By Scott M. Shemwell, The Rapid Response Institute

Volume 6 Number 2—January 17, 2017

According to the marketing pitches, by 2018 we will all be riding in self-driving automobiles—certainly by 2021 at the latest.[i]  This is all wonderful, especially for us Baby Boomers.

Between Machine Learning, and Self-Driving machines we will either be completely replaced or our life much easier and safer.  We are told that someone will still need to sit in the driver’s seat, but what if over time we forget how to drive?  Especially in an emergency, this could lead to disaster.

In 2010, Qantas Flight 32 from Singapore to Sydney, Australia experienced an engine explosion shortly after takeoff.[ii]  Many readers may know that the Airbus A380 is a very sophisticated and highly automated commercial aircraft.

Aviation is full of success stories (business cases) where the flight crew is able to overcome substantial odds, confusing information (both the human and computer kind) and safely land the aircraft.  A recent example of that was depicted in Sully, the movie.  According to this rendition, the experience of the Captain and his ability to hold conflicting data in his head and make the right decision in just over 200 seconds averted a possible catastrophe in the New York metropolitan area.[iii]

In the case of Qantas Flight 32, the crew dealt with volumes of conflicting data from damaged or missing sensors.  Massive technology failures from the exploded engine required the crew to make many correct decisions from a “quarter million sensors and computers that sometimes can’t tell the difference between garbage and good sense.”  They were able to manage turning and landing with “only the smallest changes in thrust and the tiniest navigational adjustments.”[iv]

There is one question we all will have in our emerging automated world.  If the systems we have come to rely on fail, how will we respond?  This answer to this question is at the core for a High Reliability Organization, whose five traits are:

  •        Sensitive to operations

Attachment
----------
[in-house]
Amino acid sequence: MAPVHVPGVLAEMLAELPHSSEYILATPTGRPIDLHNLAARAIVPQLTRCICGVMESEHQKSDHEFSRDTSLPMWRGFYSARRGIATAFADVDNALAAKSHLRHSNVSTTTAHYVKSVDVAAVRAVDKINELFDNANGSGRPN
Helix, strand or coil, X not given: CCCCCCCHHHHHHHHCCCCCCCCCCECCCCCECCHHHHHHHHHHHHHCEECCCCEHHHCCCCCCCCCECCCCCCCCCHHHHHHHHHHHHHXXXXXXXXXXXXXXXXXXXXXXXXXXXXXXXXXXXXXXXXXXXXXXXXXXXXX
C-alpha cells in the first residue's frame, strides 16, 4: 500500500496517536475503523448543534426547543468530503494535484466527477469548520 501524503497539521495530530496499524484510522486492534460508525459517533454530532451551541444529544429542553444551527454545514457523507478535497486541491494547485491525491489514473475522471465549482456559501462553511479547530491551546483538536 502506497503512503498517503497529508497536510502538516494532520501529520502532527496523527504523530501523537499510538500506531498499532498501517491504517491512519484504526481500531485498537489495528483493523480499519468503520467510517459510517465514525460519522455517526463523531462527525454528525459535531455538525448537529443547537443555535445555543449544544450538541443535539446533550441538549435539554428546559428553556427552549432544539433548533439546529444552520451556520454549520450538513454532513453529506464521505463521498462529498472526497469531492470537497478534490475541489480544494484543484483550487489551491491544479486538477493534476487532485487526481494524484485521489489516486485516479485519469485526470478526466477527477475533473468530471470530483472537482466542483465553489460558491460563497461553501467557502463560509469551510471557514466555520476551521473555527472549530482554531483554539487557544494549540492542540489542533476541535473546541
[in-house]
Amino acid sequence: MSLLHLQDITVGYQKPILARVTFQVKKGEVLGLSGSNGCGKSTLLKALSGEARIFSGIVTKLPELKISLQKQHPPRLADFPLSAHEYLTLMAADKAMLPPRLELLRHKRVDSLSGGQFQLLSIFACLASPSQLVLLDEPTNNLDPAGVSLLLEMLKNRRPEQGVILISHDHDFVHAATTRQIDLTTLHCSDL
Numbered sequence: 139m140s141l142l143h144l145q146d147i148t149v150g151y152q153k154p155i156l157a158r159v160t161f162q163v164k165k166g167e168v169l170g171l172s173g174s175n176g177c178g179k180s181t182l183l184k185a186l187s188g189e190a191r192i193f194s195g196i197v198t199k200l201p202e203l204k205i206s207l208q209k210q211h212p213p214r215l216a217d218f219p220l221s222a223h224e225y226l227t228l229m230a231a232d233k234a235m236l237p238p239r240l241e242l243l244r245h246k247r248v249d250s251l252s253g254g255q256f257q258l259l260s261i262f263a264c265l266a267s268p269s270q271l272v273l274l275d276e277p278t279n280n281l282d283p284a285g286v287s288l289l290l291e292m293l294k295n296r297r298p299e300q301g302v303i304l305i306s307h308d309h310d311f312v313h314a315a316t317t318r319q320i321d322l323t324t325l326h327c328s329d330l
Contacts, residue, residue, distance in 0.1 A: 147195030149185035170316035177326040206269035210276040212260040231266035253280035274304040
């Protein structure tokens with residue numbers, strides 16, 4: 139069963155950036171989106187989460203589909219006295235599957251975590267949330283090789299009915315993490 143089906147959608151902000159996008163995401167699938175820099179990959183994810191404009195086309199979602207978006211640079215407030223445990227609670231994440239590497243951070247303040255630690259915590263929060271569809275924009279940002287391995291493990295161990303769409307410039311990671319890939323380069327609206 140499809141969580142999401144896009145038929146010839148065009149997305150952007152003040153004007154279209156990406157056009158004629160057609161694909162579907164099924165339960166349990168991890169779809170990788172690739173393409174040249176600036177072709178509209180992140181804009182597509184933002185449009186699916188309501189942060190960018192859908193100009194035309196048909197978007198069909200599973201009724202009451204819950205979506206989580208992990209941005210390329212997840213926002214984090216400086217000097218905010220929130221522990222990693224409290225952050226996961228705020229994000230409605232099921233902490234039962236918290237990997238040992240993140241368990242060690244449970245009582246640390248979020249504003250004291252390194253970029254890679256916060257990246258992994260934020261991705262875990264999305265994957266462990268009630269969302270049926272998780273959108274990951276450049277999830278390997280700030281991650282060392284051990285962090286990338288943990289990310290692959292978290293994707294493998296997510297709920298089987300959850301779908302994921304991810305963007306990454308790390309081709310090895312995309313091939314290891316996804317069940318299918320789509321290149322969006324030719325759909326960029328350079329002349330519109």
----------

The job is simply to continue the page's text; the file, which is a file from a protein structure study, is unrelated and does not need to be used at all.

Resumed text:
•        Reluctant to accept "simple" explanations for problems
  •        Have a preoccupation with failure
  •        Defer to expertise
  •        Are resilient[v]

By piloting a self-driving car, we all are required to become High Reliability entities.  Then at work, we extend this model to our Digital Firm.[vi]  Physical lives and organizational survival will depend on this capability.

Psychologists tell us that when we are facing a critical decision, often with information overload, having a preexisting Mental Model in place will make all the difference.  Mental Models can be defined as, “psychological representations of real, hypothetical, or imaginary situations.”[vii]

“What if” my automobile automatic braking is failing?  “What if” a visual sensor fails, and so on and so forth.[viii]

It appears that there is one skill we will all have to learn from our automobile learning permit days until we retire and let the golf cart control our golden years.  The ability to develop and use “good” Mental Models will not become just part of our job description, it will be part of our life description.

Your technology might not be the best decision maker.  Then again, it might!  Each of us pilots must know when the right Self Decision is made by systems—every time!

How do you know if your firm’s technology is actually adding shareholder value?

About the Author

Dr. Scott M. Shemwell has over 30 years technical and executive management experience primarily in the energy sector.  He is the author of six books and has written extensively about the field of operations.  Shemwell is the Managing Director of The Rapid Response Institute, a firm that focuses on providing its customers with solutions enabling Operational Excellence and regulatory compliance management.  He has studied cultural interactions for more than 30 years—his dissertation; Cross Cultural Negotiations Between Japanese and American Businessmen: A Systems Analysis (Exploratory Study) is an early peer reviewed manuscript addressing the systemic structure of social relationships.

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End Notes









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